As we enter this election year, the American public seems frustrated as ever with the constant, often inflammatory, conflict between Democrats and Republicans. We have all heard the disillusioned rhetoric, and probably thought something similar ourselves: the two-party system is broken, and Washington does not represent the interests of everyday Americans.
This sentiment leaves many exasperated citizens wanting change, desiring a system in which they are not forced to choose between only two options, neither of which represents their individual beliefs very well. To quote an ironic Jon Stewart in America the Book: A Citizen’s Guide to Democracy Inaction, “The two-party system elegantly reflects the bi-chromatic rainbow that is American political thought.”
From this perspective, it would seem that third-party candidates would be a viable option for voters frustrated with the bipartisan system. Why, then, has a third party candidate never been elected president in the past century? Why are there only two United States senators, and zero representatives, who are not affiliated with one of the two major parties?
Thanks to the writings of a twentieth-century political scientist named Maurice Duverger, we can see precisely how this situation has come to be. It is not the result of a defect in the character of Americans or an attempt by the powers-that-be to maintain domination. Rather, America’s two-party system is the logical outgrowth of our electoral system.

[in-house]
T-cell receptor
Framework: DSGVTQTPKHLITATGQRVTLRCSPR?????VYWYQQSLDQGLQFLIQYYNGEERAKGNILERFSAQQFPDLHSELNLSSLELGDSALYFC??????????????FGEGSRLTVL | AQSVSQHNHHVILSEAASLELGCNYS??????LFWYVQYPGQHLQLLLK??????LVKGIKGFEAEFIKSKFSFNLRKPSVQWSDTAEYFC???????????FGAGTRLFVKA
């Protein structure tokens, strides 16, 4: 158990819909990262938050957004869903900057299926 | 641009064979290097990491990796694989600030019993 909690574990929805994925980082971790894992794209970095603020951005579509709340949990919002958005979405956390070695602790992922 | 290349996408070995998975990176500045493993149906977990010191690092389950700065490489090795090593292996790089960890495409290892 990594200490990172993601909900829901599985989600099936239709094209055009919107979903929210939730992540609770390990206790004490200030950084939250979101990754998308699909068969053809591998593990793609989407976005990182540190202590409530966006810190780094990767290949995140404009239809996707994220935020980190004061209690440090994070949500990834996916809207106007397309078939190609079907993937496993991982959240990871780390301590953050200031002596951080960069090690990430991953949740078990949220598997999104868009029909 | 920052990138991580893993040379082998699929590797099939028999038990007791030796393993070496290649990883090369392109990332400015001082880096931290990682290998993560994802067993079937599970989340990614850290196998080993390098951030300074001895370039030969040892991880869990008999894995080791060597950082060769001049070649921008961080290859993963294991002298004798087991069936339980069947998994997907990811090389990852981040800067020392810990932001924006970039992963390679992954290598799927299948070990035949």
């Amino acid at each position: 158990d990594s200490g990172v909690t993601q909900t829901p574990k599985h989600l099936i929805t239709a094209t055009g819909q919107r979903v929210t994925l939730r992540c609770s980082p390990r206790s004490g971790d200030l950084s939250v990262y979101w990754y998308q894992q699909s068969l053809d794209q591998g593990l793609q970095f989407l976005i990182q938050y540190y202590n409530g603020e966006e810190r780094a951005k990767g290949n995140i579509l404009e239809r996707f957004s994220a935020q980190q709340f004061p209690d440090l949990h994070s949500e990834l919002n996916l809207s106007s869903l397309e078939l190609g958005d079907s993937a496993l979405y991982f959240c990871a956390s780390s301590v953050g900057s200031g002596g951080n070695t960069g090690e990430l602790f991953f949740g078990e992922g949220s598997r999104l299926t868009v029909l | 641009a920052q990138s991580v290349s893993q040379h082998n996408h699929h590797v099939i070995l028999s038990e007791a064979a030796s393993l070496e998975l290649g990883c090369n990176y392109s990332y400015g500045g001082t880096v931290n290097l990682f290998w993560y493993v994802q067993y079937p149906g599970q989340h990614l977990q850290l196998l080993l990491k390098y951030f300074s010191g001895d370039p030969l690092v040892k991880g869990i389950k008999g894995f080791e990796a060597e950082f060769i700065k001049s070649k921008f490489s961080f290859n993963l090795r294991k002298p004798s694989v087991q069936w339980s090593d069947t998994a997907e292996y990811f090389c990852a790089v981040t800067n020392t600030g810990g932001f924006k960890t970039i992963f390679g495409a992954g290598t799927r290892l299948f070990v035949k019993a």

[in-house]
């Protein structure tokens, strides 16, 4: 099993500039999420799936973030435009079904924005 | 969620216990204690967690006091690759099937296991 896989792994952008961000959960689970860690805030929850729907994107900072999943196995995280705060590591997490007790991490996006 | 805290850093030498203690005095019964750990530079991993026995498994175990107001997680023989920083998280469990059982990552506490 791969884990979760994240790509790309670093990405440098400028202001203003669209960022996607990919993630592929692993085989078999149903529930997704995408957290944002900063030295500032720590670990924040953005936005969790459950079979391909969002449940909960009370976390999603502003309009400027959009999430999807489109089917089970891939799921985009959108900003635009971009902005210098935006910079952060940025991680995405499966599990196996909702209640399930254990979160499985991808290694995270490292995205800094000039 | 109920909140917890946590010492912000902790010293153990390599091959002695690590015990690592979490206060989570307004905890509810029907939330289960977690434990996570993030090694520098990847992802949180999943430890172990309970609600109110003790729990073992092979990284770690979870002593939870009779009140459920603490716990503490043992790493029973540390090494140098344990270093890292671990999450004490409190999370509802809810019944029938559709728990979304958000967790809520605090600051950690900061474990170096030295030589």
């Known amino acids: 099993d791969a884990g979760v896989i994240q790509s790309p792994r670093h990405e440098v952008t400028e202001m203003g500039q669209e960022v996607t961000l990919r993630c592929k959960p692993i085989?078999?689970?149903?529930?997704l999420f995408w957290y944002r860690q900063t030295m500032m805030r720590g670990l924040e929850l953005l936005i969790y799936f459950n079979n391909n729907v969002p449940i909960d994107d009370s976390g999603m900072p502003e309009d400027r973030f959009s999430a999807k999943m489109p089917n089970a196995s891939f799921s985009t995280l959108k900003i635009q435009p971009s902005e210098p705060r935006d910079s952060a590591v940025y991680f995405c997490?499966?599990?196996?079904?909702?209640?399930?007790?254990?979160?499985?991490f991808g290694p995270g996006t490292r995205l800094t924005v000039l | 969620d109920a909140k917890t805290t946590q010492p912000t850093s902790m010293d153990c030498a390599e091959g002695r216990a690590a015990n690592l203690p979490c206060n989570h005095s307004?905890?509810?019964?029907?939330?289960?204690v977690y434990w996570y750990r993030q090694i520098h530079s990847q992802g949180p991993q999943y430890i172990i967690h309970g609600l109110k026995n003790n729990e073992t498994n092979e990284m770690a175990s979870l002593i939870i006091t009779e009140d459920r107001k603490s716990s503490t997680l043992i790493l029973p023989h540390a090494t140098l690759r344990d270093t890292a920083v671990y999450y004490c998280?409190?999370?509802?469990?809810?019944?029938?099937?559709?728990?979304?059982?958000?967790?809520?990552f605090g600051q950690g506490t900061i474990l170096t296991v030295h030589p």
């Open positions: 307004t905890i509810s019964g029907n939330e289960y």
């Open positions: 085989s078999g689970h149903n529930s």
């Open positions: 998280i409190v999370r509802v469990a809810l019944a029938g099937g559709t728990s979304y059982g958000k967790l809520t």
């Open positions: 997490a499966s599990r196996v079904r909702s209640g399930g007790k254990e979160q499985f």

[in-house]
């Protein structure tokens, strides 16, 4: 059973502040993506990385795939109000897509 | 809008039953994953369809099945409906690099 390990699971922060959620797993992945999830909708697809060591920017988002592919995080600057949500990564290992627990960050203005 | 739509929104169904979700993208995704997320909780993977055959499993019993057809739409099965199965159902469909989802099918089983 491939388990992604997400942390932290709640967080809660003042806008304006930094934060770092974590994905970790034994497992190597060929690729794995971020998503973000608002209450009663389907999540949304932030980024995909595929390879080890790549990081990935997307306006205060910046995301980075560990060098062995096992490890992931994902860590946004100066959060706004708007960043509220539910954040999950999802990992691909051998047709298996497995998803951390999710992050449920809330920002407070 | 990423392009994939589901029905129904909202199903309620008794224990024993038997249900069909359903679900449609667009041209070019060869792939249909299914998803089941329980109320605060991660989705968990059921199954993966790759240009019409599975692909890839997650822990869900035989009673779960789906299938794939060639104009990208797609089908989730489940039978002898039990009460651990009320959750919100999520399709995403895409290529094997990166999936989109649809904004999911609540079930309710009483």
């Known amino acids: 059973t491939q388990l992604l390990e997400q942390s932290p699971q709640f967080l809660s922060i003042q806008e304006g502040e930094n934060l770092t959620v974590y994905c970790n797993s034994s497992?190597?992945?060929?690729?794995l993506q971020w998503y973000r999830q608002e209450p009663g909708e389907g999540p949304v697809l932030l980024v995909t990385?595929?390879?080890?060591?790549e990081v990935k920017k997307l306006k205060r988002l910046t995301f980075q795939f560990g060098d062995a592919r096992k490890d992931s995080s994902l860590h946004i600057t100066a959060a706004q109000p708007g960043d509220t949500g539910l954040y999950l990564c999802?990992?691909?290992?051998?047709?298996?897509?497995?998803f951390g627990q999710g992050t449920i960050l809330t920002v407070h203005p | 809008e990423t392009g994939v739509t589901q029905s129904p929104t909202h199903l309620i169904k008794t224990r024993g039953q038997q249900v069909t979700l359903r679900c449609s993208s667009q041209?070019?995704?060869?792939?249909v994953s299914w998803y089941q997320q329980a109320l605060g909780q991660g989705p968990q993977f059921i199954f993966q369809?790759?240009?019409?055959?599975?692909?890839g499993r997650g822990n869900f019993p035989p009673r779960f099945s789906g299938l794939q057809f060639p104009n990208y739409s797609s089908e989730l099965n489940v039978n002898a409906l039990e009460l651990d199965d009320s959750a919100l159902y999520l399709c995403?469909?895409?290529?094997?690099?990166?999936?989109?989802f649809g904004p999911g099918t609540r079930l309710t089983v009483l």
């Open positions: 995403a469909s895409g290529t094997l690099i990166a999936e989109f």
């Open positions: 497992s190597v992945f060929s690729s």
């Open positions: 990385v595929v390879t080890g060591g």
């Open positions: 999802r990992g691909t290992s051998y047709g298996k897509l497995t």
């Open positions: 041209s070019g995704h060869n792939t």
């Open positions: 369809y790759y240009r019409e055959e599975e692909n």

In order to understand the mechanics of Duverger’s ideas, referred to by political scientists as “Duverger’s law,” we first must understand the electoral system at work. The system used by the United States, and the cause of our two-party conundrum, is a single-member district plurality system (SMD-P). In such a system, a country is divided into districts that each have one representative in the national legislature. These representatives are elected in a “winner-take-all” fashion, in contrast to other systems that allocate votes in a proportional manner. This is where the term “SMD-P” comes from: “single-member district” indicates that the winner of the election is the sole representative of that particular district in the legislature; “plurality” is a term for the kind of system in which the candidate who garners more votes than any other candidate is the winner.